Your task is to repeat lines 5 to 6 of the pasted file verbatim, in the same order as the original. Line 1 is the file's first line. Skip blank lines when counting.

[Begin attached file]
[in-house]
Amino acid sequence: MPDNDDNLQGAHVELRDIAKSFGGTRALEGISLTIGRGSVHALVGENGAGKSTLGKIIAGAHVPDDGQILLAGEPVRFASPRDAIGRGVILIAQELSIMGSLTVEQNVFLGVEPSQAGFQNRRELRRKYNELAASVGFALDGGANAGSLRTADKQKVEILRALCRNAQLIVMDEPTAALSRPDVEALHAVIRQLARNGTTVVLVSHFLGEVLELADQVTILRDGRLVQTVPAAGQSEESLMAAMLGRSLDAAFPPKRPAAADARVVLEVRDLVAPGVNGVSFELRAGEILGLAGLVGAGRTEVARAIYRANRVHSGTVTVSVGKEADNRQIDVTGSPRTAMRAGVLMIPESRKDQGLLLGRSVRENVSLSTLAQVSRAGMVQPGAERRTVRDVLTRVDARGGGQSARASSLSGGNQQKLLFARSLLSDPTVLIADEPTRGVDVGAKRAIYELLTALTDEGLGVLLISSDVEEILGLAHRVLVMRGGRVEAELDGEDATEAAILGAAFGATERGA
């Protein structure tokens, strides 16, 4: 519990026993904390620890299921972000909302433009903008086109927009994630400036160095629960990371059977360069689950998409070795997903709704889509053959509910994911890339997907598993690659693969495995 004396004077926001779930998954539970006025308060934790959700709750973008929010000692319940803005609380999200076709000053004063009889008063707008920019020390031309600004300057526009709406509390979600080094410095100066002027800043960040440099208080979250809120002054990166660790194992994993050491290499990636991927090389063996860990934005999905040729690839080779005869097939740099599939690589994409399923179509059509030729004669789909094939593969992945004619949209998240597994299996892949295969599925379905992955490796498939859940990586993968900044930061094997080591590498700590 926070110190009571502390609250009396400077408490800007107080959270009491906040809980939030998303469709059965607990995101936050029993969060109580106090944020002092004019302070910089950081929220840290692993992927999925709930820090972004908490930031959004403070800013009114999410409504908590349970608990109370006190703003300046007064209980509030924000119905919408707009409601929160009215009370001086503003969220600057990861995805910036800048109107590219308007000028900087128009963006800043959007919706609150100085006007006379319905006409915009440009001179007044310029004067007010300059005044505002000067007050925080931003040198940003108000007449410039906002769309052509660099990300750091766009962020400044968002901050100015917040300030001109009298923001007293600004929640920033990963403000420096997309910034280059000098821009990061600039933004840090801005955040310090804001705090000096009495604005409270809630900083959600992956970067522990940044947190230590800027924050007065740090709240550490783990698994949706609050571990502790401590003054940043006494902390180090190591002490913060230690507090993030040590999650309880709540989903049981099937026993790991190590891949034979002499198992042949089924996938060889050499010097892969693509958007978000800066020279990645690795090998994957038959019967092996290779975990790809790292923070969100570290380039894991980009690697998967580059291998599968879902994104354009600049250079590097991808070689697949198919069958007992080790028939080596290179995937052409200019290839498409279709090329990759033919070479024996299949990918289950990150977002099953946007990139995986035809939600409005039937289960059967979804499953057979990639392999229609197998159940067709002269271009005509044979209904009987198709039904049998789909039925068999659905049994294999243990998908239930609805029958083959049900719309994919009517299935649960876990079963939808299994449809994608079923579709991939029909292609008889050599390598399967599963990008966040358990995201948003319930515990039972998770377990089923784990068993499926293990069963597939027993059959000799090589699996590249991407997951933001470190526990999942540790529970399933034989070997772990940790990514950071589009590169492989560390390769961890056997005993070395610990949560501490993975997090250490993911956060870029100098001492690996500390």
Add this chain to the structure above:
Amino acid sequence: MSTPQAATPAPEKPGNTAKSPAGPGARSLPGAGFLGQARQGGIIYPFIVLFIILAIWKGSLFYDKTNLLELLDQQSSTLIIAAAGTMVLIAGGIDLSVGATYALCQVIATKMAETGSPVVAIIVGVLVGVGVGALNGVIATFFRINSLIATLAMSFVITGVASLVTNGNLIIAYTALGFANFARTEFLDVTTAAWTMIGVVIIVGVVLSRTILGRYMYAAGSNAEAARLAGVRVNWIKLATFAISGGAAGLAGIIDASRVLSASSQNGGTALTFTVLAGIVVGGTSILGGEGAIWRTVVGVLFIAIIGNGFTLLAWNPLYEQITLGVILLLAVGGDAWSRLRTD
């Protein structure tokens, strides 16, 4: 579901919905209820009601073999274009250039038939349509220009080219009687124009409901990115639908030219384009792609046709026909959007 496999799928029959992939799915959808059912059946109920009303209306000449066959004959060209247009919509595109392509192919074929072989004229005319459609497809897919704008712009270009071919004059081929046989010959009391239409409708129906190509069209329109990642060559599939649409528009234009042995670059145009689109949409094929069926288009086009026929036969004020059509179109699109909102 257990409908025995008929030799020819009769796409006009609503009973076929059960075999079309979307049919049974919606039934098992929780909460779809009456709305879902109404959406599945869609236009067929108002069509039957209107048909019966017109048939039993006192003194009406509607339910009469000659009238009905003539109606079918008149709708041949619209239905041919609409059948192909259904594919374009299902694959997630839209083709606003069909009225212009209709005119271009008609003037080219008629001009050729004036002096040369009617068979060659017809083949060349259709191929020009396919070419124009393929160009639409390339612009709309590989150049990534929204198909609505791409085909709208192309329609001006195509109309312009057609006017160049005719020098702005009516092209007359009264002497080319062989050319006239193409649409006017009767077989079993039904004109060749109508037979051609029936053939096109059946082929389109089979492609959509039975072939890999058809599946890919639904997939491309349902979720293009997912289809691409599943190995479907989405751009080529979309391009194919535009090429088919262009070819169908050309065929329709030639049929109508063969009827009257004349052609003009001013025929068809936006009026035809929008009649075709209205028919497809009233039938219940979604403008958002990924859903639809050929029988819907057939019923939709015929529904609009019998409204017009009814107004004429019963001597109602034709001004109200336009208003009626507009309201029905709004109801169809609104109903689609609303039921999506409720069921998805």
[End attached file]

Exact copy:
Amino acid sequence: MSTPQAATPAPEKPGNTAKSPAGPGARSLPGAGFLGQARQGGIIYPFIVLFIILAIWKGSLFYDKTNLLELLDQQSSTLIIAAAGTMVLIAGGIDLSVGATYALCQVIATKMAETGSPVVAIIVGVLVGVGVGALNGVIATFFRINSLIATLAMSFVITGVASLVTNGNLIIAYTALGFANFARTEFLDVTTAAWTMIGVVIIVGVVLSRTILGRYMYAAGSNAEAARLAGVRVNWIKLATFAISGGAAGLAGIIDASRVLSASSQNGGTALTFTVLAGIVVGGTSILGGEGAIWRTVVGVLFIAIIGNGFTLLAWNPLYEQITLGVILLLAVGGDAWSRLRTD
């Protein structure tokens, strides 16, 4: 579901919905209820009601073999274009250039038939349509220009080219009687124009409901990115639908030219384009792609046709026909959007 496999799928029959992939799915959808059912059946109920009303209306000449066959004959060209247009919509595109392509192919074929072989004229005319459609497809897919704008712009270009071919004059081929046989010959009391239409409708129906190509069209329109990642060559599939649409528009234009042995670059145009689109949409094929069926288009086009026929036969004020059509179109699109909102 257990409908025995008929030799020819009769796409006009609503009973076929059960075999079309979307049919049974919606039934098992929780909460779809009456709305879902109404959406599945869609236009067929108002069509039957209107048909019966017109048939039993006192003194009406509607339910009469000659009238009905003539109606079918008149709708041949619209239905041919609409059948192909259904594919374009299902694959997630839209083709606003069909009225212009209709005119271009008609003037080219008629001009050729004036002096040369009617068979060659017809083949060349259709191929020009396919070419124009393929160009639409390339612009709309590989150049990534929204198909609505791409085909709208192309329609001006195509109309312009057609006017160049005719020098702005009516092209007359009264002497080319062989050319006239193409649409006017009767077989079993039904004109060749109508037979051609029936053939096109059946082929389109089979492609959509039975072939890999058809599946890919639904997939491309349902979720293009997912289809691409599943190995479907989405751009080529979309391009194919535009090429088919262009070819169908050309065929329709030639049929109508063969009827009257004349052609003009001013025929068809936006009026035809929008009649075709209205028919497809009233039938219940979604403008958002990924859903639809050929029988819907057939019923939709015929529904609009019998409204017009009814107004004429019963001597109602034709001004109200336009208003009626507009309201029905709004109801169809609104109903689609609303039921999506409720069921998805």